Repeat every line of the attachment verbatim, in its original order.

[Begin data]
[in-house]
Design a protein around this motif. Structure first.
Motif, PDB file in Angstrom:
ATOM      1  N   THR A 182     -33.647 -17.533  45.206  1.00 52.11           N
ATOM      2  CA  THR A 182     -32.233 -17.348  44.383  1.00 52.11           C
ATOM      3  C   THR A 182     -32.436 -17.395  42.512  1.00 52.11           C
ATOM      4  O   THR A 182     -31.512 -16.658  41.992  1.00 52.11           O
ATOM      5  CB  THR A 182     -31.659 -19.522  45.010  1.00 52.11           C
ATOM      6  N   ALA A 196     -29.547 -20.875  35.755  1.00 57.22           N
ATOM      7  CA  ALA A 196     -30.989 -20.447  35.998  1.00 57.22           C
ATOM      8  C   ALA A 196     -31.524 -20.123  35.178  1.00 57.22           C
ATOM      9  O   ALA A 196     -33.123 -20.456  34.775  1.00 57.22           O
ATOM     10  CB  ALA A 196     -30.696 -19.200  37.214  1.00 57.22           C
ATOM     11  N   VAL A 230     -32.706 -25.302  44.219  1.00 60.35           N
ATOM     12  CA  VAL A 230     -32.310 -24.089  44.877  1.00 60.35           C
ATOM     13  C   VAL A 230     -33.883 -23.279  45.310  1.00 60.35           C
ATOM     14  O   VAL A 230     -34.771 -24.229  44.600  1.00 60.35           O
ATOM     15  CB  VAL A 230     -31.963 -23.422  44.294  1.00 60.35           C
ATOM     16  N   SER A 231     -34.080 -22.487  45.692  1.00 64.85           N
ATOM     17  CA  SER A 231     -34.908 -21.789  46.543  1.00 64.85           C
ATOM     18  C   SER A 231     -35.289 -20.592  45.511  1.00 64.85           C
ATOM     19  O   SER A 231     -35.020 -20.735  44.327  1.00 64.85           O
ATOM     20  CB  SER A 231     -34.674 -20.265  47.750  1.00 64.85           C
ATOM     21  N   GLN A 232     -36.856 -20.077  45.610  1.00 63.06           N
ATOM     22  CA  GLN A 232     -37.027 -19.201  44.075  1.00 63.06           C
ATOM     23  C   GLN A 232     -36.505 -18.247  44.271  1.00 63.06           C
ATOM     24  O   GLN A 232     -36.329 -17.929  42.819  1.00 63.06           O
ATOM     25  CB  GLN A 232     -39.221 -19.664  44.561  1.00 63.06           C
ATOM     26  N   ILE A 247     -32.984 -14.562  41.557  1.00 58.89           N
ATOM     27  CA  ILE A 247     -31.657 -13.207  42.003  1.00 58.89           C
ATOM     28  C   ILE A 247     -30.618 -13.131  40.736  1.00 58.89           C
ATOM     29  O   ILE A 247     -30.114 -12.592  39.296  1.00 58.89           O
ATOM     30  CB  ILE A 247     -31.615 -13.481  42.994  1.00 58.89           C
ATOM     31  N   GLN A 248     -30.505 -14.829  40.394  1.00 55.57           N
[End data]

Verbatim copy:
[in-house]
Design a protein around this motif. Structure first.
Motif, PDB file in Angstrom:
ATOM      1  N   THR A 182     -33.647 -17.533  45.206  1.00 52.11           N
ATOM      2  CA  THR A 182     -32.233 -17.348  44.383  1.00 52.11           C
ATOM      3  C   THR A 182     -32.436 -17.395  42.512  1.00 52.11           C
ATOM      4  O   THR A 182     -31.512 -16.658  41.992  1.00 52.11           O
ATOM      5  CB  THR A 182     -31.659 -19.522  45.010  1.00 52.11           C
ATOM      6  N   ALA A 196     -29.547 -20.875  35.755  1.00 57.22           N
ATOM      7  CA  ALA A 196     -30.989 -20.447  35.998  1.00 57.22           C
ATOM      8  C   ALA A 196     -31.524 -20.123  35.178  1.00 57.22           C
ATOM      9  O   ALA A 196     -33.123 -20.456  34.775  1.00 57.22           O
ATOM     10  CB  ALA A 196     -30.696 -19.200  37.214  1.00 57.22           C
ATOM     11  N   VAL A 230     -32.706 -25.302  44.219  1.00 60.35           N
ATOM     12  CA  VAL A 230     -32.310 -24.089  44.877  1.00 60.35           C
ATOM     13  C   VAL A 230     -33.883 -23.279  45.310  1.00 60.35           C
ATOM     14  O   VAL A 230     -34.771 -24.229  44.600  1.00 60.35           O
ATOM     15  CB  VAL A 230     -31.963 -23.422  44.294  1.00 60.35           C
ATOM     16  N   SER A 231     -34.080 -22.487  45.692  1.00 64.85           N
ATOM     17  CA  SER A 231     -34.908 -21.789  46.543  1.00 64.85           C
ATOM     18  C   SER A 231     -35.289 -20.592  45.511  1.00 64.85           C
ATOM     19  O   SER A 231     -35.020 -20.735  44.327  1.00 64.85           O
ATOM     20  CB  SER A 231     -34.674 -20.265  47.750  1.00 64.85           C
ATOM     21  N   GLN A 232     -36.856 -20.077  45.610  1.00 63.06           N
ATOM     22  CA  GLN A 232     -37.027 -19.201  44.075  1.00 63.06           C
ATOM     23  C   GLN A 232     -36.505 -18.247  44.271  1.00 63.06           C
ATOM     24  O   GLN A 232     -36.329 -17.929  42.819  1.00 63.06           O
ATOM     25  CB  GLN A 232     -39.221 -19.664  44.561  1.00 63.06           C
ATOM     26  N   ILE A 247     -32.984 -14.562  41.557  1.00 58.89           N
ATOM     27  CA  ILE A 247     -31.657 -13.207  42.003  1.00 58.89           C
ATOM     28  C   ILE A 247     -30.618 -13.131  40.736  1.00 58.89           C
ATOM     29  O   ILE A 247     -30.114 -12.592  39.296  1.00 58.89           O
ATOM     30  CB  ILE A 247     -31.615 -13.481  42.994  1.00 58.89           C
ATOM     31  N   GLN A 248     -30.505 -14.829  40.394  1.00 55.57           N